automata | automata | computability | computability | complexity | complexity | mathematical models | mathematical models | computation | computation | finite representation | finite representation | infinite objects | infinite objects | finite automata | finite automata | regular languages | regular languages | context-free languages | context-free languages | Turing machines | Turing machines | partial recursive functions | partial recursive functions | Church's Thesis | Church's Thesis | undecidability | undecidability | reducibility | reducibility | completeness | completeness | time complexity | time complexity | NP-completeness | NP-completeness | probabilistic computation | probabilistic computation | interactive proof systems | interactive proof systems | 6.045 | 6.045 | 18.400 | 18.400License

Content within individual OCW courses is (c) by the individual authors unless otherwise noted. MIT OpenCourseWare materials are licensed by the Massachusetts Institute of Technology under a Creative Commons License (Attribution-NonCommercial-ShareAlike). For further information see http://ocw.mit.edu/terms/index.htmSite sourced from

http://ocw.mit.edu/rss/all/mit-allarchivedcourses.xmlAttribution

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This course introduces basic mathematical models of computation and the finite representation of infinite objects. Topics covered include: finite automata and regular languages, context-free languages, Turing machines, partial recursive functions, Church's Thesis, undecidability, reducibility and completeness, time complexity and NP-completeness, probabilistic computation, and interactive proof systems. This course introduces basic mathematical models of computation and the finite representation of infinite objects. Topics covered include: finite automata and regular languages, context-free languages, Turing machines, partial recursive functions, Church's Thesis, undecidability, reducibility and completeness, time complexity and NP-completeness, probabilistic computation, and interactive proof systems.Subjects

automata | automata | computability | computability | complexity | complexity | mathematical models | mathematical models | computation | computation | finite representation | finite representation | infinite objects | infinite objects | finite automata | finite automata | regular languages | regular languages | context-free languages | context-free languages | Turing machines | Turing machines | partial recursive functions | partial recursive functions | Church's Thesis | Church's Thesis | undecidability | undecidability | reducibility | reducibility | completeness | completeness | time complexity | time complexity | NP-completeness | NP-completeness | probabilistic computation | probabilistic computation | interactive proof systems | interactive proof systems | 6.045 | 6.045 | 18.400 | 18.400License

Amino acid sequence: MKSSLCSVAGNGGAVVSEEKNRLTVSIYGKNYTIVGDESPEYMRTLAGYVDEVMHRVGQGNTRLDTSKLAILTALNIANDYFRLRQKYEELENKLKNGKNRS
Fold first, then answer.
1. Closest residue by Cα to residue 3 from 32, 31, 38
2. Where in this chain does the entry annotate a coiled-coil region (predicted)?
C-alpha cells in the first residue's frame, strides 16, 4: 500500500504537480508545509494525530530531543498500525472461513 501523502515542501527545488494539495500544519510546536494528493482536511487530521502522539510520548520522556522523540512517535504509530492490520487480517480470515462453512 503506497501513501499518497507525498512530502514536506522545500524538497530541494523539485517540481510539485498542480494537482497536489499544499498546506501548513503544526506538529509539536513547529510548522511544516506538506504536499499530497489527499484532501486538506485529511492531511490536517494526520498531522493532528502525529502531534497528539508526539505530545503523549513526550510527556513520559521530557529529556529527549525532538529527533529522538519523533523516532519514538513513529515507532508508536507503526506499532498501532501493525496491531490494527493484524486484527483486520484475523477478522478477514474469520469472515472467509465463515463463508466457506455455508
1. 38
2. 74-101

Content within individual OCW courses is (c) by the individual authors unless otherwise noted. MIT OpenCourseWare materials are licensed by the Massachusetts Institute of Technology under a Creative Commons License (Attribution-NonCommercial-ShareAlike). For further information see http://ocw.mit.edu/terms/index.htmSite sourced from

http://ocw.mit.edu/rss/all/mit-allarchivedcourses.xmlAttribution

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This course provides a challenging introduction to some of the central ideas of theoretical computer science. Beginning in antiquity, the course will progress through finite automata, circuits and decision trees, Turing machines and computability, efficient algorithms and reducibility, the P versus NP problem, NP-completeness, the power of randomness, cryptography and one-way functions, computational learning theory, and quantum computing. It examines the classes of problems that can and cannot be solved by various kinds of machines. It tries to explain the key differences between computational models that affect their power. This course provides a challenging introduction to some of the central ideas of theoretical computer science. Beginning in antiquity, the course will progress through finite automata, circuits and decision trees, Turing machines and computability, efficient algorithms and reducibility, the P versus NP problem, NP-completeness, the power of randomness, cryptography and one-way functions, computational learning theory, and quantum computing. It examines the classes of problems that can and cannot be solved by various kinds of machines. It tries to explain the key differences between computational models that affect their power.Subjects

finite automata | finite automata | Turing machine | Turing machine | halting problem | halting problem | computability | computability | computational complexity | computational complexity | polynomial time | polynomial time | P | P | NP | NP | NP complete | NP complete | probabilistic algorithms | probabilistic algorithms | private-key cryptography | private-key cryptography | public-key cryptography | public-key cryptography | randomness | randomnessLicense

Content within individual OCW courses is (c) by the individual authors unless otherwise noted. MIT OpenCourseWare materials are licensed by the Massachusetts Institute of Technology under a Creative Commons License (Attribution-NonCommercial-ShareAlike). For further information see http://ocw.mit.edu/terms/index.htmSite sourced from

http://ocw.mit.edu/rss/all/mit-allcourses-6.xmlAttribution